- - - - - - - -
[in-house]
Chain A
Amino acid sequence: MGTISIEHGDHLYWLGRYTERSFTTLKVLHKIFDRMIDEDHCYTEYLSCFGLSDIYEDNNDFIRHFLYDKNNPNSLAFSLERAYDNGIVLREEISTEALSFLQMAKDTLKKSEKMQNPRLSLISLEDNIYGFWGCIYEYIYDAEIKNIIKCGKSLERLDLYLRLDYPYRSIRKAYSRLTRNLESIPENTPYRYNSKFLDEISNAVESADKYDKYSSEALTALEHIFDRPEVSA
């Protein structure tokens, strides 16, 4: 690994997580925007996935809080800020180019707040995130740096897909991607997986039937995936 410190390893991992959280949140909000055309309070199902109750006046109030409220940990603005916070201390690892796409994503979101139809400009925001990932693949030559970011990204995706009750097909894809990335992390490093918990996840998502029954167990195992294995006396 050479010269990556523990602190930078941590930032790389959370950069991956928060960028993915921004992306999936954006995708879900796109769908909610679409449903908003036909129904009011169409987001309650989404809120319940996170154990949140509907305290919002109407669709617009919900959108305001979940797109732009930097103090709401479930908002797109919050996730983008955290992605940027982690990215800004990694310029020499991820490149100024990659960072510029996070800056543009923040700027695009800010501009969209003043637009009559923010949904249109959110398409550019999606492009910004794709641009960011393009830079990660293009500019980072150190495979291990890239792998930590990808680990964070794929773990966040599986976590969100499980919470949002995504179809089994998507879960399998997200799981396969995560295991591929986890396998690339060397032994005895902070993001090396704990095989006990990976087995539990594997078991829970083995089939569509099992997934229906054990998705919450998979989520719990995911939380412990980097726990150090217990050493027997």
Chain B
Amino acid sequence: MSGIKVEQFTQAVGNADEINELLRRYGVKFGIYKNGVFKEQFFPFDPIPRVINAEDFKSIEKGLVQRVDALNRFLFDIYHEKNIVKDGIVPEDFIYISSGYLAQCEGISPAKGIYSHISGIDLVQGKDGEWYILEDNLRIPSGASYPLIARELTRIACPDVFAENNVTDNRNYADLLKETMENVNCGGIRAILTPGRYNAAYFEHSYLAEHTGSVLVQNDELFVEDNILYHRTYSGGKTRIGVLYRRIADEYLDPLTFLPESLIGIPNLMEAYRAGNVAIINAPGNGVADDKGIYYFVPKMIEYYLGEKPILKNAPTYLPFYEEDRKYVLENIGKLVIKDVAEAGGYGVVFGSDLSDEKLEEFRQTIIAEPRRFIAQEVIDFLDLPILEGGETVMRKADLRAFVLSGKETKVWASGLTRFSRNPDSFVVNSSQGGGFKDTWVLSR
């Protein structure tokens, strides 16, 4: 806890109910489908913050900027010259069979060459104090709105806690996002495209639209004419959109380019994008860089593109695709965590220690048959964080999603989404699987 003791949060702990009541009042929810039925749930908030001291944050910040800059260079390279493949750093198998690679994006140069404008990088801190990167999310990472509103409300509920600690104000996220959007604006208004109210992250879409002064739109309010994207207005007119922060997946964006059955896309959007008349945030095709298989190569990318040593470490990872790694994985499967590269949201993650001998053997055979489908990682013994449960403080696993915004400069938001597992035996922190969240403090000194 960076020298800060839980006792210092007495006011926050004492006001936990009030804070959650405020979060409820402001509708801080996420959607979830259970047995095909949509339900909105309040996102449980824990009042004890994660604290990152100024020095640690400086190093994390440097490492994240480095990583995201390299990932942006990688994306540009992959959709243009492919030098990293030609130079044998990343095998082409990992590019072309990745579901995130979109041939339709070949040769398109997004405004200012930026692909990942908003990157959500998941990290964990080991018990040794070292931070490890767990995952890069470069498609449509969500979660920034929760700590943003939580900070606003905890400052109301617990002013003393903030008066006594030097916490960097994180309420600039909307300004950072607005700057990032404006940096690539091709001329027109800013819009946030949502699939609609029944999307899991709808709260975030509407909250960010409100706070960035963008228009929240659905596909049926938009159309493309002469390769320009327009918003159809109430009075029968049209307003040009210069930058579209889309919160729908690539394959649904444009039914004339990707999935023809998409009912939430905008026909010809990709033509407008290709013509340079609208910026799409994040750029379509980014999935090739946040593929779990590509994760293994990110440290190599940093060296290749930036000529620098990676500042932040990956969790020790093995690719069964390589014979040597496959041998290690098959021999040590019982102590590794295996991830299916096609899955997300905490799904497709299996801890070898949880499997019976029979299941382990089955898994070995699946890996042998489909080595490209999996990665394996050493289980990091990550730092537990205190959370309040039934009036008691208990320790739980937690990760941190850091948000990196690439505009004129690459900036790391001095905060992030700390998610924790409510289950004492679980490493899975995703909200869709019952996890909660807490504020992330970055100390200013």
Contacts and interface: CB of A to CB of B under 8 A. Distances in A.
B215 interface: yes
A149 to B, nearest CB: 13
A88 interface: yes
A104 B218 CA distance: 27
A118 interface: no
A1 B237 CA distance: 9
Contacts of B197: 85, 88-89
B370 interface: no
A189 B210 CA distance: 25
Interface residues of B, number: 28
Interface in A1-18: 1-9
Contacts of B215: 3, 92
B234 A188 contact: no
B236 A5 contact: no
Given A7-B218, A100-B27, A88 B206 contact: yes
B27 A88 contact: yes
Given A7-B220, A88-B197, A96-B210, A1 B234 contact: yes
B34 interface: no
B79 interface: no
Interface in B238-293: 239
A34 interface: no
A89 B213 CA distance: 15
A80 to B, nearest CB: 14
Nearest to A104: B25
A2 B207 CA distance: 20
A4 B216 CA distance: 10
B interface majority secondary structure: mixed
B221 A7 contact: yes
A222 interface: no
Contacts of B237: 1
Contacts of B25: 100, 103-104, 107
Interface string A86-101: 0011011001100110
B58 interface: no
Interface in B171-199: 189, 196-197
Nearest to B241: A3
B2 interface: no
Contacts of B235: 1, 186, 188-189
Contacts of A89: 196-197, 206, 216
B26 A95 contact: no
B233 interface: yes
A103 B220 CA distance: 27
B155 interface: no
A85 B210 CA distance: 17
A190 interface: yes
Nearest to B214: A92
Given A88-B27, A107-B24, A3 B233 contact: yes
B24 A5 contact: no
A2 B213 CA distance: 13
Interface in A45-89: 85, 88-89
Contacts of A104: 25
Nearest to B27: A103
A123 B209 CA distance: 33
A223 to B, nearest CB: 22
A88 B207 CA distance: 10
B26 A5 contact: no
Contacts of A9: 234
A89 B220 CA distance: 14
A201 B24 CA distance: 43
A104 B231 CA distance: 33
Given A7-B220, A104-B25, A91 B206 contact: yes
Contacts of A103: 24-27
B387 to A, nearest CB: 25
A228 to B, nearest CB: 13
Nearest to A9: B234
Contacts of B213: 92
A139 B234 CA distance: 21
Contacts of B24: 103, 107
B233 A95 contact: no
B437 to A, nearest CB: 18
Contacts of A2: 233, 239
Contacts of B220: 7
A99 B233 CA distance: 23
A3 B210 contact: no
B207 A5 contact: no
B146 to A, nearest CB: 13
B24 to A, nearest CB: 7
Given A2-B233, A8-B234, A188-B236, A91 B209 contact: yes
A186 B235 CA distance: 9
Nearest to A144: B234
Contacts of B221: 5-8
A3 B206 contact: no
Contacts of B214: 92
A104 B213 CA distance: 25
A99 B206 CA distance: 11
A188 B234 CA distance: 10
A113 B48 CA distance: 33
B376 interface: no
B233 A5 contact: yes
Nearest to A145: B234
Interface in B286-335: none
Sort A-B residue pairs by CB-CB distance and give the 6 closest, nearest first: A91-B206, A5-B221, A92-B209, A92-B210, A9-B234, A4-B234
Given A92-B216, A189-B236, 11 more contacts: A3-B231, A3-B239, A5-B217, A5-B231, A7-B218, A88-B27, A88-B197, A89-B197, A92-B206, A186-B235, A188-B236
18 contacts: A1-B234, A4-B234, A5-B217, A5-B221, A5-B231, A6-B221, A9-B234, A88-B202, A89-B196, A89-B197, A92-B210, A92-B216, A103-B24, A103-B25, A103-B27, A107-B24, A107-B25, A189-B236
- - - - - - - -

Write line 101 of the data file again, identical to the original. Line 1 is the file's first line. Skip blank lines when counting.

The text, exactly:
18 contacts: A1-B234, A4-B234, A5-B217, A5-B221, A5-B231, A6-B221, A9-B234, A88-B202, A89-B196, A89-B197, A92-B210, A92-B216, A103-B24, A103-B25, A103-B27, A107-B24, A107-B25, A189-B236